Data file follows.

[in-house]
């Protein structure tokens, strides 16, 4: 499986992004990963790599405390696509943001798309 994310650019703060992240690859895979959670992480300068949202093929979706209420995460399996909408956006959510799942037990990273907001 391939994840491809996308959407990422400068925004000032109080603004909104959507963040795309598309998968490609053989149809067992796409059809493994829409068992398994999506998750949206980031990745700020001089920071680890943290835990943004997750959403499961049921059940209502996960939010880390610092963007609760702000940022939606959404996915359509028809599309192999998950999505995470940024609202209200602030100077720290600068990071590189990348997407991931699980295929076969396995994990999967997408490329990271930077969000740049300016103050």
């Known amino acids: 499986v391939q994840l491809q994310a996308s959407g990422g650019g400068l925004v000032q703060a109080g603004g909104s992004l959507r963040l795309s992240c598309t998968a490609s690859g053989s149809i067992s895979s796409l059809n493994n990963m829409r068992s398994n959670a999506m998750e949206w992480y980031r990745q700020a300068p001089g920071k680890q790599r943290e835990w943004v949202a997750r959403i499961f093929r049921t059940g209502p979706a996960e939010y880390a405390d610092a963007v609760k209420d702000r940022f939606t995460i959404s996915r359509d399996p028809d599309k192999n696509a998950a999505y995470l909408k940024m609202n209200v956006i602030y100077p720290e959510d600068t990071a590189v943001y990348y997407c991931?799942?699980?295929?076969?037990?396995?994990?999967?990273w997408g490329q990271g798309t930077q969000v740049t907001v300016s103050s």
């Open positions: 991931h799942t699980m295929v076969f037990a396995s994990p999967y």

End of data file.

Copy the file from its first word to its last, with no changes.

[in-house]
């Protein structure tokens, strides 16, 4: 499986992004990963790599405390696509943001798309 994310650019703060992240690859895979959670992480300068949202093929979706209420995460399996909408956006959510799942037990990273907001 391939994840491809996308959407990422400068925004000032109080603004909104959507963040795309598309998968490609053989149809067992796409059809493994829409068992398994999506998750949206980031990745700020001089920071680890943290835990943004997750959403499961049921059940209502996960939010880390610092963007609760702000940022939606959404996915359509028809599309192999998950999505995470940024609202209200602030100077720290600068990071590189990348997407991931699980295929076969396995994990999967997408490329990271930077969000740049300016103050």
């Known amino acids: 499986v391939q994840l491809q994310a996308s959407g990422g650019g400068l925004v000032q703060a109080g603004g909104s992004l959507r963040l795309s992240c598309t998968a490609s690859g053989s149809i067992s895979s796409l059809n493994n990963m829409r068992s398994n959670a999506m998750e949206w992480y980031r990745q700020a300068p001089g920071k680890q790599r943290e835990w943004v949202a997750r959403i499961f093929r049921t059940g209502p979706a996960e939010y880390a405390d610092a963007v609760k209420d702000r940022f939606t995460i959404s996915r359509d399996p028809d599309k192999n696509a998950a999505y995470l909408k940024m609202n209200v956006i602030y100077p720290e959510d600068t990071a590189v943001y990348y997407c991931?799942?699980?295929?076969?037990?396995?994990?999967?990273w997408g490329q990271g798309t930077q969000v740049t907001v300016s103050s």
């Open positions: 991931h799942t699980m295929v076969f037990a396995s994990p999967y």